Poor dental health in some children is a problem of inequality, experts say

A Northland director raises the alarm about children’s oral hygiene in his area.

Research from the University of Otago found that 60 percent of Māori and 70 percent of Pasifika children have already experienced some form of tooth decay by age five (file image).
Photo: 123RF

Hora Hora Primary School is located just off the main street in Whangārei.

Headmaster Pat Newman said tooth decay was a serious problem at his school — and it came down to cost.

“If you don’t have a lot of money, then you want to reward your children every now and then,” he said.

“If soda is cheaper than water and junk food is cheaper than good food, that’s what happens.”

Research from the University of Otago found that 60 percent of Māori and 70 percent of Pasifika children have already experienced some form of tooth decay by the age of five.

The article’s author, Dr. Dorothy Boyd, said unhealthy foods were forced on children. “You will often find that the marketing of unhealthy foods is aimed at children,” she said. “For example, the breakfast cereals with the most sugars often have cartoon characters.”

Rebecca Ahmadi, a dental therapist who used to work in schools, said even the most well-meaning parents struggle with marketing.

“They’re like ‘where are the chips? Where are the sticky granola bars?’ So we’re competing with supermarkets that supply all this food that presents opportunities for tooth decay,” she said.

If parents couldn’t prevent tooth decay, it was up to dentists to pick up the pieces, but dental therapist Helen Tane said the system struggled to keep up with demand.

“We struggled with the labor shortage to reach all children,” she said. “What would happen is that the higher socioeconomic areas, where the parents could advocate on behalf of their children, would request that they be seen more often.”

As a result, children in areas with a low decile area received less attention.

Auckland dentist Vikki Nelson said that as children’s teeth got worse, the treatment became more invasive.

“I’m getting teeth out of kids again, that just shouldn’t be happening,” she said. “They’re not accommodating in the dental chair because they’re in pain and they’re scared, so we have to get them to the hospitals to be sedated, and the waiting lists are nine to 12 months.”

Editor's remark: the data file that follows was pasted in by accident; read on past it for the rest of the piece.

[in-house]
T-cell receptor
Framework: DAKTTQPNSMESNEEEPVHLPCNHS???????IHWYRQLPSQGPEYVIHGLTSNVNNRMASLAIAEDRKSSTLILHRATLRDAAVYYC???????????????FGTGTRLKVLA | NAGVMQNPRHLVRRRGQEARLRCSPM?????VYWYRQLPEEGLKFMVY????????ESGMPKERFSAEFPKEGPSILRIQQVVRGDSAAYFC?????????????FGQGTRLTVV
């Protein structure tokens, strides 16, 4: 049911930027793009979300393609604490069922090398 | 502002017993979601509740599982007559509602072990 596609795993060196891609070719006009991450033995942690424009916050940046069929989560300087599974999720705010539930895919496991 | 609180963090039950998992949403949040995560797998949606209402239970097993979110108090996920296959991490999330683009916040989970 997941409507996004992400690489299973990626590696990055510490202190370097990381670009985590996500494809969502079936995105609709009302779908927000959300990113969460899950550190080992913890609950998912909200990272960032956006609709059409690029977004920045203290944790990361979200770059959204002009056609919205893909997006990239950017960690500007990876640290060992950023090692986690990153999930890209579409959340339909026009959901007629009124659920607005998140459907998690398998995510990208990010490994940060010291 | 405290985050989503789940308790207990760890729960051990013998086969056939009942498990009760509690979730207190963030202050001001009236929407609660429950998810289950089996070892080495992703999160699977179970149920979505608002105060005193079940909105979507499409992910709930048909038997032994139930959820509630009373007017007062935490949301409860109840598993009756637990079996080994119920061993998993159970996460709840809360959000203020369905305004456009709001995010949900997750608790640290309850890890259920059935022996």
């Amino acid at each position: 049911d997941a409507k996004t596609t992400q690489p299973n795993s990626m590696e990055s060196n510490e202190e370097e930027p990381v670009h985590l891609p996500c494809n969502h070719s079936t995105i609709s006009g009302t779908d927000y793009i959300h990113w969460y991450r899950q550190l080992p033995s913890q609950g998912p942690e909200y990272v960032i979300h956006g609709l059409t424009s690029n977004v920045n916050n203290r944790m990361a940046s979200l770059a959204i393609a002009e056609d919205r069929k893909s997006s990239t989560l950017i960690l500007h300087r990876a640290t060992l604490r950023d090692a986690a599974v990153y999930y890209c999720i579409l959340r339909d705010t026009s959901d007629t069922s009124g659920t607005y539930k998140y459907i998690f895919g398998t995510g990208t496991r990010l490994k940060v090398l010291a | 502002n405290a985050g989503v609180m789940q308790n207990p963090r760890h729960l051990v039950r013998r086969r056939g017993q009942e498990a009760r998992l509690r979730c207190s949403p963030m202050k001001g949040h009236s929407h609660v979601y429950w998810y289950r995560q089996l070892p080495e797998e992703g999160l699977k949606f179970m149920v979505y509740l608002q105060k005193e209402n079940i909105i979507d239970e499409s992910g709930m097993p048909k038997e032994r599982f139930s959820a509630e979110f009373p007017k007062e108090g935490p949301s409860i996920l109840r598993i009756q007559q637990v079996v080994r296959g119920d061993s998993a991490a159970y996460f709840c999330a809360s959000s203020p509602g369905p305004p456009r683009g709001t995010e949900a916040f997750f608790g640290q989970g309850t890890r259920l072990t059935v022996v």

dr. Rebecca Ahmadi said the government’s funding did not go far enough.

“As the money went from top to bottom, there was very little left to provide the preventive care the children so desperately needed,” she said. “We ended up providing only the essential care, which is an ambulance at the bottom of a cliff.”

But director Pat Newman wanted the community to take more responsibility.

“When does it come down to society playing a role in this?” he said. “When does it come down to whānau saying ‘hey, you shouldn’t give your kid that Coke’, where does the responsibility of whānau and the community come in?

“We have alot [advice] about healthy eating, but it is often not paid attention to. And as a result, the oral hygiene of children in Te Tai Tokerau is, in my opinion, third-world quality.”

Dr Boyd said change had to be made. “This is an opportunity for radical change,” she said. “However, this cannot be left to oral health care. As a society, it is time for us to demand that our children be empowered to be healthy.”

She recommended limiting the marketing of junk food to children and making healthy food affordable for low-income families.

Poor dental health in some children is a problem of inequality, experts say

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